By Carol Fiore
I have always looked up—at clouds, at birds, at airplanes. I climb to the tops of hills and hotels and relish the feeling of being high, embracing the world below. As a child, my most prized possession was a cheap, vinyl bag with the words Pan Am emblazoned on the side—a reminder of an adventure in the sky.
When I was 13, I saw a documentary about Amelia Earhart. While everyone else was enthralled with the mystery surrounding her disappearance, I was drawn to her freckles, and her quick smile, and her eyes that screamed, “Flying is the most amazing thing you could ever do.” That was the day I began my journey to the sky.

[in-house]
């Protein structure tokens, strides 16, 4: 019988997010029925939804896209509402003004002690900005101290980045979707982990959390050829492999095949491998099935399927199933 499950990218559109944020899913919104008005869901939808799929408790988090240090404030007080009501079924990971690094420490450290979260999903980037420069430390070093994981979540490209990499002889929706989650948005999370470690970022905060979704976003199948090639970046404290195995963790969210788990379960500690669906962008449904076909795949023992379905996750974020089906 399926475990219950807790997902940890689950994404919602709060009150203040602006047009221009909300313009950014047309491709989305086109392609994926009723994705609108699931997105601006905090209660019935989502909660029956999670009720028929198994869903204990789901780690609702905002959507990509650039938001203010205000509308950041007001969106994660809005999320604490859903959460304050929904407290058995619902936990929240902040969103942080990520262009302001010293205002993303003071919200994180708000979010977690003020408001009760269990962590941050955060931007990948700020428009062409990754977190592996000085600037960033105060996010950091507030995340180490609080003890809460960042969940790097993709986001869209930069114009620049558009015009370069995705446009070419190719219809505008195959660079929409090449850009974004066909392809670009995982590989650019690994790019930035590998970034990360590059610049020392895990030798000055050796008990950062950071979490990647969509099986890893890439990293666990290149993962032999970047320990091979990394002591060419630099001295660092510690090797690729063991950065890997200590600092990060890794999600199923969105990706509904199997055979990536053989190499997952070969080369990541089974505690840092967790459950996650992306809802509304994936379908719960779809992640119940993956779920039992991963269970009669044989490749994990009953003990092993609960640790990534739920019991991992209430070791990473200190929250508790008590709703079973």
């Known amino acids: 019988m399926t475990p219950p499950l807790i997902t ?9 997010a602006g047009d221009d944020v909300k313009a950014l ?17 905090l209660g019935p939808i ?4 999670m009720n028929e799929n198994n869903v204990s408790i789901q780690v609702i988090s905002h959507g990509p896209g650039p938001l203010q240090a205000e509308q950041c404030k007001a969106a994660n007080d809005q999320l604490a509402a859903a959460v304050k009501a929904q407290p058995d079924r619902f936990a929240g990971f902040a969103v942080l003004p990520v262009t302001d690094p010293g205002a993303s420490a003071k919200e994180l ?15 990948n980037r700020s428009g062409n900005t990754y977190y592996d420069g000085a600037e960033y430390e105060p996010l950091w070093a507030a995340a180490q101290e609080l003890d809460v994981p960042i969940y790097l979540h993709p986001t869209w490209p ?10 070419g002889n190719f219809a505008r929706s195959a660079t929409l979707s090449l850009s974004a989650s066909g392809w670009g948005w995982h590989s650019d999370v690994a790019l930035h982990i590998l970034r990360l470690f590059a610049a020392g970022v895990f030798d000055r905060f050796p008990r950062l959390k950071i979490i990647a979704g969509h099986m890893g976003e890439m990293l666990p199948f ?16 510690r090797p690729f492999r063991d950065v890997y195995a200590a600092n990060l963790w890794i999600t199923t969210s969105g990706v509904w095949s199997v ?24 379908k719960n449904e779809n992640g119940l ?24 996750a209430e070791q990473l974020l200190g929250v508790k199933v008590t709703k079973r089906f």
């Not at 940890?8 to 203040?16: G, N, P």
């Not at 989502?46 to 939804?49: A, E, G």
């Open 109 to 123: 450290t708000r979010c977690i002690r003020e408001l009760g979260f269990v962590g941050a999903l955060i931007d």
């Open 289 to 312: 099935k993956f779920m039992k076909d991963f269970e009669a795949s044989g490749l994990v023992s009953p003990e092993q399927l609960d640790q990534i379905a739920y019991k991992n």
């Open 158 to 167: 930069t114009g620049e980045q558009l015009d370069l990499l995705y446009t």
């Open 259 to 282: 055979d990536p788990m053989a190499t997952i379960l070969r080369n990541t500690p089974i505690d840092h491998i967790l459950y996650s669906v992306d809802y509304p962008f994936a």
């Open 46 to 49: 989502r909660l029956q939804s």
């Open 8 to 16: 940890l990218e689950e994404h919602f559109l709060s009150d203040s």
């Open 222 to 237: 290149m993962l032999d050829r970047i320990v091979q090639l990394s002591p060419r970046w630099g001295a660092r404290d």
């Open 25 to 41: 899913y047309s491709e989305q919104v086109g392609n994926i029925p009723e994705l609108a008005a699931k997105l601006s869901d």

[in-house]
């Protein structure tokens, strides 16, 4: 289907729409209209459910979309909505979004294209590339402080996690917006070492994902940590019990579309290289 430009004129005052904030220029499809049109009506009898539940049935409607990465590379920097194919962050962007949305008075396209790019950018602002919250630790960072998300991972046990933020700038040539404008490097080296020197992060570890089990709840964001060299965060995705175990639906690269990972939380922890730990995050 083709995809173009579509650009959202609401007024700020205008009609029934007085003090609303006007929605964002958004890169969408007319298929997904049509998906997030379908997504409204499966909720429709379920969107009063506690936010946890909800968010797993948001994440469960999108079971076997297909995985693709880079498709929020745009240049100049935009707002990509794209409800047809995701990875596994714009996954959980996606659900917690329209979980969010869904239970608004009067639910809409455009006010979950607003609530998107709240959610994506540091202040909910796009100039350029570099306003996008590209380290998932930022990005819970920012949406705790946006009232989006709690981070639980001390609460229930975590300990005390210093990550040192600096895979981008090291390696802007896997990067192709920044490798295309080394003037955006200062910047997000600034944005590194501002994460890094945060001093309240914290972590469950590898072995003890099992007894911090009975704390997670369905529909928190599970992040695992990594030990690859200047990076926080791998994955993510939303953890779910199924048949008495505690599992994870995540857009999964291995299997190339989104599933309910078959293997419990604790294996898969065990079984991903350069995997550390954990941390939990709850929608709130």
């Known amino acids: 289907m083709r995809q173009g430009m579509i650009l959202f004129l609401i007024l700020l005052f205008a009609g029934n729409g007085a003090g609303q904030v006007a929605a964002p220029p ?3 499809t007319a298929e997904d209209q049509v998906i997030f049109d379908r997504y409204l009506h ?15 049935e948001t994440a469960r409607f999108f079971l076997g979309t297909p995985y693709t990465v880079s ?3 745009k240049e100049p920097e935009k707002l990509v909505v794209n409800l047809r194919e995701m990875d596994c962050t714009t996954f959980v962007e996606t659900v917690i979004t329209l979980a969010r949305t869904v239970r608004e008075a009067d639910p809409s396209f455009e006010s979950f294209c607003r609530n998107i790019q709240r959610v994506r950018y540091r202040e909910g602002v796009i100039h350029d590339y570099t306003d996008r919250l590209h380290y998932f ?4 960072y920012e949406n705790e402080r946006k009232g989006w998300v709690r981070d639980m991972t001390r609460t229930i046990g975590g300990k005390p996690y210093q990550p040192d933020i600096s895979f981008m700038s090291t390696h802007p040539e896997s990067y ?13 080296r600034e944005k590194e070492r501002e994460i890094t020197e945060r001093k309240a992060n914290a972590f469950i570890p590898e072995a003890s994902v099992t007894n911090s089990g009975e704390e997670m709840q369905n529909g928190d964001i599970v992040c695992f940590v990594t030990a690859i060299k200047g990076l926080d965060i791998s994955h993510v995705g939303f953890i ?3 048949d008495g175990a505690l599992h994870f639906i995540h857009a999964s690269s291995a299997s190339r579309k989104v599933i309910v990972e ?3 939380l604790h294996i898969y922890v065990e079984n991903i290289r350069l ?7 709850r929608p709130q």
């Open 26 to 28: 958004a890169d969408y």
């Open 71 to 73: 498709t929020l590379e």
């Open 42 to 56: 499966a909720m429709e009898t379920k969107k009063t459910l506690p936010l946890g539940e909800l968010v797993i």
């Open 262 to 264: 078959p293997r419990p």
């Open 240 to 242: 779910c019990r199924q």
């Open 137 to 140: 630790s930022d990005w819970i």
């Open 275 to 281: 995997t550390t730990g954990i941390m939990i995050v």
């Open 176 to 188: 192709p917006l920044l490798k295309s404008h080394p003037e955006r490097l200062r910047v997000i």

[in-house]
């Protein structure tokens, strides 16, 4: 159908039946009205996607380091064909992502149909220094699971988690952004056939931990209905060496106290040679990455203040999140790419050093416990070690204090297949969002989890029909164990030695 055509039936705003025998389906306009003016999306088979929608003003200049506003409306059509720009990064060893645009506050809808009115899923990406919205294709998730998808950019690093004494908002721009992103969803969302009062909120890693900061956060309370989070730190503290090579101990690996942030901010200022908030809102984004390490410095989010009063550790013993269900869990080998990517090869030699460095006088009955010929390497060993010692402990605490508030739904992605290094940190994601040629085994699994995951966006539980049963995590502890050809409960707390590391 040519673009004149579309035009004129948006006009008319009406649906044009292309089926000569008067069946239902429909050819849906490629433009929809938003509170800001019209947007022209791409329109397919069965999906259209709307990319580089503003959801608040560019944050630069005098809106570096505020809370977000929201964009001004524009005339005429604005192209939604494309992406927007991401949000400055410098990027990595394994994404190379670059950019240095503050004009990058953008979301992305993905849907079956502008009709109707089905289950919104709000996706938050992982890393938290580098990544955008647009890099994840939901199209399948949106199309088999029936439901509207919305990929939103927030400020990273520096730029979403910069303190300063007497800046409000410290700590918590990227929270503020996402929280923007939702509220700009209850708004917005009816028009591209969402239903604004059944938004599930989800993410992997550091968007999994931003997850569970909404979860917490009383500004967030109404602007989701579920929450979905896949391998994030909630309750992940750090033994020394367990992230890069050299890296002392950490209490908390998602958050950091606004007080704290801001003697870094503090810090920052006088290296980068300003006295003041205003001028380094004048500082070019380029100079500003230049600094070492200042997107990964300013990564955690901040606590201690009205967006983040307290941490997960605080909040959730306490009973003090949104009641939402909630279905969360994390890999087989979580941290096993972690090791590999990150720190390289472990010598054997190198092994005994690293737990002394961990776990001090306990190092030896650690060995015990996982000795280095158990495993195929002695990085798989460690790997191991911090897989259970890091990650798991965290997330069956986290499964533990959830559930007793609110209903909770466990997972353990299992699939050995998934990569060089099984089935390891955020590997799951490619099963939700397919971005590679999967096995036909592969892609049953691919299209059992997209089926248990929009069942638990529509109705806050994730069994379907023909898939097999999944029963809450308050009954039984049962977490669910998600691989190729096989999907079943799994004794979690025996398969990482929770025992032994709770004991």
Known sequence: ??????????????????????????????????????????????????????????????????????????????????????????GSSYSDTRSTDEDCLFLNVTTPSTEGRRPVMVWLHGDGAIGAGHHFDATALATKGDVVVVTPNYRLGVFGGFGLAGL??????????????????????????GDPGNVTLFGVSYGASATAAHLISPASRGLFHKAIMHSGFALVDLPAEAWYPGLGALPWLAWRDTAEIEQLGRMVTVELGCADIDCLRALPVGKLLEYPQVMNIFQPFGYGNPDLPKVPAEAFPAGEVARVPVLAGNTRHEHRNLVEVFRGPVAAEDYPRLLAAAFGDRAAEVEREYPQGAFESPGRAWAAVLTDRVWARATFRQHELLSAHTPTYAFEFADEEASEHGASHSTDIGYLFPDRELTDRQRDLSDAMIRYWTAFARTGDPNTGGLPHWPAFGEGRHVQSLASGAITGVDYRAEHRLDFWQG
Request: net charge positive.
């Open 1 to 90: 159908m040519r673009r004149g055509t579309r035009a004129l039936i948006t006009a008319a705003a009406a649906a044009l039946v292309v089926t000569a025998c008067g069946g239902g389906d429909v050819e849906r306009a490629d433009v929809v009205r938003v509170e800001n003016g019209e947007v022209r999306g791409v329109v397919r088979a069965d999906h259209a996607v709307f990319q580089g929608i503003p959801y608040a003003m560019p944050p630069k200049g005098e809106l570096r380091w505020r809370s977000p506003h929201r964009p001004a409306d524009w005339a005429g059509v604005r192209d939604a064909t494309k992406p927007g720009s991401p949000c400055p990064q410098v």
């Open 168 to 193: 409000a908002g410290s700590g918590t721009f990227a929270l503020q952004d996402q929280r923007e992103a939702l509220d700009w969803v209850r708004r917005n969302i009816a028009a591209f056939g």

I was determined to become a pilot.
Along the way there were many obstacles—beginning with my parents. “Be a stewardess,” they advised. “That’s a proper career for a girl.” When I persisted in reading aviation books and “wasting” my money on airplane models, my mother became nasty. “Only rich kids fly airplanes.”